Blogger Early Childhood Programs and Services committee

Singing Brings Connections

Before I was born, my mom was a kindergarten teacher. When I was young, I remember her waking me up most mornings by singing “Good morning to you… good morning to you. We’re all in our places with sunshiny faces. Good morning to you… good morning to you.”  When I started my career as a Children’s Librarian, I decided to begin each storytime with this same song. It gave me a sense of familiarity and comfort in those early days of nervous storytime presentations.  In the subsequent months I began to notice the audience swaying back and forth as I sang, and it was only then that I realized I swayed as I sang too. It was our shared ritual- the singing, the swaying, the pointing at our “sunshiny” cheeks. Something we all looked forward to each week. I remember parents telling me how their child would “play” storytime at…

Uncategorized

To Boldly Go Where They Have Not Gone Before

If you are lucky, you will have the opportunity to host a library school student; someone who thinks working with youth, caregivers, and families is absolutely the best.  Given that, I must be extremely lucky.  At last count, I have been able to do so fifty-two times.     Sometimes they are paid, sometimes not.  They can be called interns, or practicum students, or a number of other titles.  Whether they are just entering the professional workforce straight from college and graduate school, or have any number of years’ experience within or beyond the library world, an opportunity awaits for everyone involved.  In just one or two semesters, your investment of time, and sharing of knowledge, can turn out to be the pivotal learning experience for an aspiring children’s librarian. It all begins with a promise.  You promise to train them in all manner of library things.  They promise to apply…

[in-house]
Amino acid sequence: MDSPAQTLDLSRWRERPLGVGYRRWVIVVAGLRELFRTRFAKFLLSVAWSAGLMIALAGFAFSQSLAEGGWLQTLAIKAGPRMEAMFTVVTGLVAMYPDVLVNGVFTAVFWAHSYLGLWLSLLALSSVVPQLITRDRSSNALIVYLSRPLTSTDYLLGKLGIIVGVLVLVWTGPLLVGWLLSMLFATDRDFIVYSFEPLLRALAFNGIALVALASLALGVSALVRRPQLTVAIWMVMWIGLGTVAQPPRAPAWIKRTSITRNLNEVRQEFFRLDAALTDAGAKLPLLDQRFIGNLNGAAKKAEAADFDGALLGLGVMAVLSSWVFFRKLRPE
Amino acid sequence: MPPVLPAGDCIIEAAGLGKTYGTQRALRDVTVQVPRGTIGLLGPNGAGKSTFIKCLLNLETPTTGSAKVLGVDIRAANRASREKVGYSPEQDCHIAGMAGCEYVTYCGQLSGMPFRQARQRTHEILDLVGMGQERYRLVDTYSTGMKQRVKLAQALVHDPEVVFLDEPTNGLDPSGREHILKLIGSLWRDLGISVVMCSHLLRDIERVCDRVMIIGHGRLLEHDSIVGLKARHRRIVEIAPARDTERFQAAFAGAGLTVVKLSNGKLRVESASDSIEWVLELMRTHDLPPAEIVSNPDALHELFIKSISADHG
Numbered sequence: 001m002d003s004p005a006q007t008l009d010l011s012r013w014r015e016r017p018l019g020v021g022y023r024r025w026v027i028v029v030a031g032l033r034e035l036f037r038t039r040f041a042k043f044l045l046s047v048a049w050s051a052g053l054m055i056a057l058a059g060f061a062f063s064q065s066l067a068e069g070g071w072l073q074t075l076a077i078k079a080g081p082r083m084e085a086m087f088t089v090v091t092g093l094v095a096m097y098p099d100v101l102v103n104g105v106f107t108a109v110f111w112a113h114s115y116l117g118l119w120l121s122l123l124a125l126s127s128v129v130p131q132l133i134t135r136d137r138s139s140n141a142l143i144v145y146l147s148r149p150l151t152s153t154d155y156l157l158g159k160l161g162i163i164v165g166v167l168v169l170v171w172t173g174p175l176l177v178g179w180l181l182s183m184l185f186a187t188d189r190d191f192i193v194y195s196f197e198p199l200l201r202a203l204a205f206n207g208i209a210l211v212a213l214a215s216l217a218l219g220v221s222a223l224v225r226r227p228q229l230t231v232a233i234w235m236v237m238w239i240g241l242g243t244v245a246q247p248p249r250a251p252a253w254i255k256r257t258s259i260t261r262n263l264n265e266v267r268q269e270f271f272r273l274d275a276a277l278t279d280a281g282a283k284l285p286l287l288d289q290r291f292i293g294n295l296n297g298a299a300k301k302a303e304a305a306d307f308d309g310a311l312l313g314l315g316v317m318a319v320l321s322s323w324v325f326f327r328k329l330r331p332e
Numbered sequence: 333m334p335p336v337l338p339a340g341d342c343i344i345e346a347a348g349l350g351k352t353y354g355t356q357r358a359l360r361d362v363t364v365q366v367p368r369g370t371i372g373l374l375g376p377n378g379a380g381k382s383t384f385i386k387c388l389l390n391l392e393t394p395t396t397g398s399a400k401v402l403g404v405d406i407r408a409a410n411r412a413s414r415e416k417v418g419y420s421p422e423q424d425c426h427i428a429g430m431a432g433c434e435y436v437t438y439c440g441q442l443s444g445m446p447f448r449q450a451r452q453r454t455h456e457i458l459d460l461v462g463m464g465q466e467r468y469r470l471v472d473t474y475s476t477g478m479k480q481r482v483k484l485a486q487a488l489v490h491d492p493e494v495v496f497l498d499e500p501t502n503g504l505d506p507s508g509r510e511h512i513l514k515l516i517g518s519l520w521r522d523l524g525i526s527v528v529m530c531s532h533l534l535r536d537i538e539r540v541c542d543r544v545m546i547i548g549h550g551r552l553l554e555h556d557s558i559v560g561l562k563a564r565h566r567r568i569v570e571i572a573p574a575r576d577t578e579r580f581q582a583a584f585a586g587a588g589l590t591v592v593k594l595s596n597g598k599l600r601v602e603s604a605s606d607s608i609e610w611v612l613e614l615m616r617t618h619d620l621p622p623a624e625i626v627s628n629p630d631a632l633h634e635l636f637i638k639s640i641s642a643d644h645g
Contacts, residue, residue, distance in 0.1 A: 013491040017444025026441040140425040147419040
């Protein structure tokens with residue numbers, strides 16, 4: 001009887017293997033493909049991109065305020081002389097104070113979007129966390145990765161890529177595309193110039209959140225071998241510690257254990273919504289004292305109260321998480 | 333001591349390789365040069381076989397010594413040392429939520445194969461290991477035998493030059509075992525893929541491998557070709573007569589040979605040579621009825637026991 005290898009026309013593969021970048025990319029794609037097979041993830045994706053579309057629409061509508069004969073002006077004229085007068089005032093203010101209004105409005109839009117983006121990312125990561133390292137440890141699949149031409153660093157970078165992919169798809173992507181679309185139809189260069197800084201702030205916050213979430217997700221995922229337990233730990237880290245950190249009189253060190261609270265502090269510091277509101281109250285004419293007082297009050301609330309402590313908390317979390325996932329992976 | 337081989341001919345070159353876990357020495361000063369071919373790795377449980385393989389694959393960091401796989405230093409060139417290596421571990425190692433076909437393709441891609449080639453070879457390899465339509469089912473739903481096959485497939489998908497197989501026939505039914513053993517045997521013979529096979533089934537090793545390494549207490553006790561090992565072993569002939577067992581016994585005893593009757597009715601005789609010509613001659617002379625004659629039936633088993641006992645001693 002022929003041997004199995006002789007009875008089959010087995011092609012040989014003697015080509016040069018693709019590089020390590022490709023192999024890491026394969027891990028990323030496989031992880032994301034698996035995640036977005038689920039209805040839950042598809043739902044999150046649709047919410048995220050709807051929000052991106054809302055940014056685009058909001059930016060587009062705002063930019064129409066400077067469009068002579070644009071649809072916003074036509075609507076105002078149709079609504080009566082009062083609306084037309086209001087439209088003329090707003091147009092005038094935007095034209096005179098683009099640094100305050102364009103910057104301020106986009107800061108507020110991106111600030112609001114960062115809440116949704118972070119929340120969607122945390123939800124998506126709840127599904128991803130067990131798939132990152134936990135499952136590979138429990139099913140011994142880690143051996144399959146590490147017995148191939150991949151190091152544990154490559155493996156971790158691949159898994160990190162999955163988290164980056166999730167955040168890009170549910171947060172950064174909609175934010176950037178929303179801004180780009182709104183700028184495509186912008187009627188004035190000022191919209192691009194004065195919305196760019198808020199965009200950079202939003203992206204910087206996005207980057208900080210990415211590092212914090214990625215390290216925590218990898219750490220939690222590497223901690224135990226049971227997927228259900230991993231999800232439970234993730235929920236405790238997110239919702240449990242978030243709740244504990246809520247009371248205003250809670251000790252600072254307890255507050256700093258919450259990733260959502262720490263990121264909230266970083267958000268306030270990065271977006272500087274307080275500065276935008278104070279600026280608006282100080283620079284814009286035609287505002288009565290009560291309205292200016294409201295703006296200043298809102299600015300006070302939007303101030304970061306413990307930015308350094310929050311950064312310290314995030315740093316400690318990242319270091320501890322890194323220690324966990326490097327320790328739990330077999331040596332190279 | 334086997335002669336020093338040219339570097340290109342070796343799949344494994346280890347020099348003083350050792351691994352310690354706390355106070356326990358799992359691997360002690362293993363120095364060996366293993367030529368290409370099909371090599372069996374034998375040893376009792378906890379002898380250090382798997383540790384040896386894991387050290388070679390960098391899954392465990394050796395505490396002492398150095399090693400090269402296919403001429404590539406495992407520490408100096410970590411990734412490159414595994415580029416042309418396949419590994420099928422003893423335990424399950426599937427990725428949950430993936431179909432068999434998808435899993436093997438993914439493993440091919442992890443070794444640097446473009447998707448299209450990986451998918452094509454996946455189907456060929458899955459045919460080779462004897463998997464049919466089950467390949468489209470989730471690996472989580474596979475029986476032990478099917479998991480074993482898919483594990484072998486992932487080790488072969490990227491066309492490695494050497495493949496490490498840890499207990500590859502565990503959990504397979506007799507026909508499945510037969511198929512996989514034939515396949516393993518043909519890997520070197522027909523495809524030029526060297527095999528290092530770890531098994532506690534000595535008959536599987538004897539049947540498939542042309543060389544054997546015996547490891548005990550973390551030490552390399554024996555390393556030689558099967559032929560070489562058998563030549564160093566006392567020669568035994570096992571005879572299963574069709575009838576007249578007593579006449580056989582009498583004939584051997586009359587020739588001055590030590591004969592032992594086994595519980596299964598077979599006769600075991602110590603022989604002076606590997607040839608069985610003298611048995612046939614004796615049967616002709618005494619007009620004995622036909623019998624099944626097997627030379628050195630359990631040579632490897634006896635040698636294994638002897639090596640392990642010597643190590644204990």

Blogger Emily Mroczek-Bayci

Zoom on: A look at Zoom storytimes

A huge benefit of maternity leave during a pandemic is virtual library programs. And as a children’s librarian myself it can be a little bit of professional development and really a lot of fun for my children and I. Here are some of my observations after watching dozens of Zoom storytimes across the United States. There are many different platform options, which you can read about here but today we’re focusing on Zoom. Attendance Numbers are always important and counting participants can be difficult in a digital environment. Here are some of the methods I’ve seen. Registration: in the registration form, participants have a section to put how many people will be attending the storytime. Chat box: the facilitator encourages participants to type how many people are attending in the chat box Eyeball: The facilitator will try to see how many screens/ individuals are participating and add that to their…

Blogger Early & Family Literacy committee

Our Kids Learning from Play